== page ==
Gaming has always been an industry that pushes the boundaries of both of technology and of its culture. There is little or no sense of tradition in gaming, because it has simply not been around long enough to have one form. One unfortunate consequence of this is that there is no real sense of what is right and fair when it comes to how developers make their money from players. As a result we see an industry that seems more invested in finding new ways to squeeze money out of its customers than it is in making them something worth playing.

The highlight for me this year was the PC gaming show and seeing the sequel to Euro Truck Simulator 2, the self explanatorily titled American Truck Simulator being shown up on the big screen. It is hard to imagine a game being less at home at E3 than a detailed simulation of cargo hauling, but there it was amid the Battlefields, Tomb Raiders and Fallouts, a reminder that despite all efforts to understand games, gamers and gaming, it is all still a bit weird.

Phil Hartup is a freelance journalist with an interest in video gaming and culture

BBC/Chris Christodoulou
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Proms 2016: Violinist Ray Chen was the star of a varied show

The orchestra soaked up his energy in Bruch's first violin concerto to end on a triumphal note. 

Music matters, but so does its execution. This was the lesson of a BBC Symphony Orchestra and BBC Symphony Chorus programme which combined both a premiere of a composition and a young violinist’s first performance at the Proms. 

The concert, conducted by Sir Andrew Davis, opened with Tchaikovsky’s symphonic fantasy The Tempest, a lesser-known sibling to his Romeo and Juliet overture. The orchestra got off to a fidgety start, with some delayed entries, but fell into line in time for the frenetic chromatic runs that drive the piece. The end, a muted pizzicato, was suitably dramatic. 

Another nature-inspired piece followed – Anthony Payne’s composition for chorus and orchestra, Of Land, Sea and Sky. Payne drew on his memory of watching of white horses appearing to run across water, as well as other visual illusions. At the world premiere, the piece began promisingly. The chorus rolled back and forth slowly over scurrying strings with an eerie singing of “horses”. But the piece seemed to sink in the middle, and not even the curiosity of spoken word verse was enough to get the sinister mood back.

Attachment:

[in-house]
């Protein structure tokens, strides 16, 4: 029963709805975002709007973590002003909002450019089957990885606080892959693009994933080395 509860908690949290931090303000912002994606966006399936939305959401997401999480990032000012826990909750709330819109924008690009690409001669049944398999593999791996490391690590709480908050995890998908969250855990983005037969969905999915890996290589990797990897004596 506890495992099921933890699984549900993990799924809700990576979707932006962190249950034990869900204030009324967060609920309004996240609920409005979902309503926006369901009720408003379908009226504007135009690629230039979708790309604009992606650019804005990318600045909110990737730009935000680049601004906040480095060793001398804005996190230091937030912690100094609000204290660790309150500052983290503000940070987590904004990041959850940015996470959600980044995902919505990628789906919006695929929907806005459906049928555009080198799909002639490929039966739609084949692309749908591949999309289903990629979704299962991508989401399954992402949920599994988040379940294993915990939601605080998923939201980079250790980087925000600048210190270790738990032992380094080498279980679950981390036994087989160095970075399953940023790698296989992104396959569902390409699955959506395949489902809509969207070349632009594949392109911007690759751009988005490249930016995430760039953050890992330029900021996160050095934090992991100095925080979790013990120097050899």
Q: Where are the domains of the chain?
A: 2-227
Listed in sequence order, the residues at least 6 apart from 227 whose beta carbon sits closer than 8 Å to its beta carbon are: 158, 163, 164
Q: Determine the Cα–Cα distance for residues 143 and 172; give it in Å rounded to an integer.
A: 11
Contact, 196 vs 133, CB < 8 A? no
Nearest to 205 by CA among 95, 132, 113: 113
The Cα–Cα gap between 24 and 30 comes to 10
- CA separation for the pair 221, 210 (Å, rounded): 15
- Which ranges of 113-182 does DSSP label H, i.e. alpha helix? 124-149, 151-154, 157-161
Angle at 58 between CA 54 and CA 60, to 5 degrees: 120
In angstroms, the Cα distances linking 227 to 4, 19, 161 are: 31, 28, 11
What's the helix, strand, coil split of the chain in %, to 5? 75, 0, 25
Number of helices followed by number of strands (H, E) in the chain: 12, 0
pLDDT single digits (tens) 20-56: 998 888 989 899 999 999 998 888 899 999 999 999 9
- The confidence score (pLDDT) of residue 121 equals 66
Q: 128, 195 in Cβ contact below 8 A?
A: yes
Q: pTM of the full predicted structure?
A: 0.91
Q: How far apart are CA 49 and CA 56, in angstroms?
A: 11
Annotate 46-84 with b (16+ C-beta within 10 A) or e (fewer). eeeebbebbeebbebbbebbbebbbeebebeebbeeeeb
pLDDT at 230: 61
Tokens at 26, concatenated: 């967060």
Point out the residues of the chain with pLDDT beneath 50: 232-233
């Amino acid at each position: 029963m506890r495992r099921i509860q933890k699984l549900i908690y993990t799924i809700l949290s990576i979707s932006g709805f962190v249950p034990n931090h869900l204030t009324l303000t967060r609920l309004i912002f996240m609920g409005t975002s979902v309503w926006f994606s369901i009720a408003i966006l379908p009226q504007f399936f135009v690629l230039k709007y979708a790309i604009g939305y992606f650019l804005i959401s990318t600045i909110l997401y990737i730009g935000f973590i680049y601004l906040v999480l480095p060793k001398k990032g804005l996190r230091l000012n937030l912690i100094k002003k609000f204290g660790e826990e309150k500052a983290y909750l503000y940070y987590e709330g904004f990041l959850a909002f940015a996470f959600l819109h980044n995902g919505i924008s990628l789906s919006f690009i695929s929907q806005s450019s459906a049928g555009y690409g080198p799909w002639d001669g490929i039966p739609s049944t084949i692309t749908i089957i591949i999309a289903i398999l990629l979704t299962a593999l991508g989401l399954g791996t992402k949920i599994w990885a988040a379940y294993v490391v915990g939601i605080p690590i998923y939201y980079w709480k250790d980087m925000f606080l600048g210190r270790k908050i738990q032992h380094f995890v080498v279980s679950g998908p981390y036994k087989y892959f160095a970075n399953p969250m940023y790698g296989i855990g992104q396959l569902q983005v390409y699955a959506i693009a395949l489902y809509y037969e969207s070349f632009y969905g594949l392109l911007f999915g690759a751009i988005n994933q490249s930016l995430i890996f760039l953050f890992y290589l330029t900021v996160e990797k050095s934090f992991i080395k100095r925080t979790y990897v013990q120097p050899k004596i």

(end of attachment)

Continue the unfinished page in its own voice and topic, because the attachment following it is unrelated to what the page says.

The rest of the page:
No doubt much of the audience were drawn to this programme by the promise of Bruch violin concerto no. 1, but it was Ray Chen’s playing that proved to be most magnetic. The young Taiwanese-Australian soloist steered clear of melodrama in favour of a clean and animated sound. More subtle was his attention to the orchestra. The performance moved from furious cadenza to swelling sound, as if all players shared the same chain of thought. Between movements, someone coughed. I hated them. 

Ray Chen in performance. Photo: BBC/Chris Christodoulou

Chen’s playing had many audience members on their feet, and only an encore appeased them. It was his first time at the Proms, but he'll be back. 

The orchestra seemed to retain some of his energy for Vaughan Williams’ Toward the Unknown Region. Composed between 1904 and 1906, this is a setting of lines by the US poet Walt Whitman on death, and the idea of rebirth.

The orchestra and chorus blended beautifully in the delicate, dark opening. By the end, this had transformed into a triumphal arc of sound, in keeping with the joyful optimism of Whitman’s final verse: “We float/In Time and Space.” 

This movement from hesitancy to confident march seemed in many ways to capture the spirit of the concert. The programme had something for everyone. But it was Chen’s commanding performance that defined it.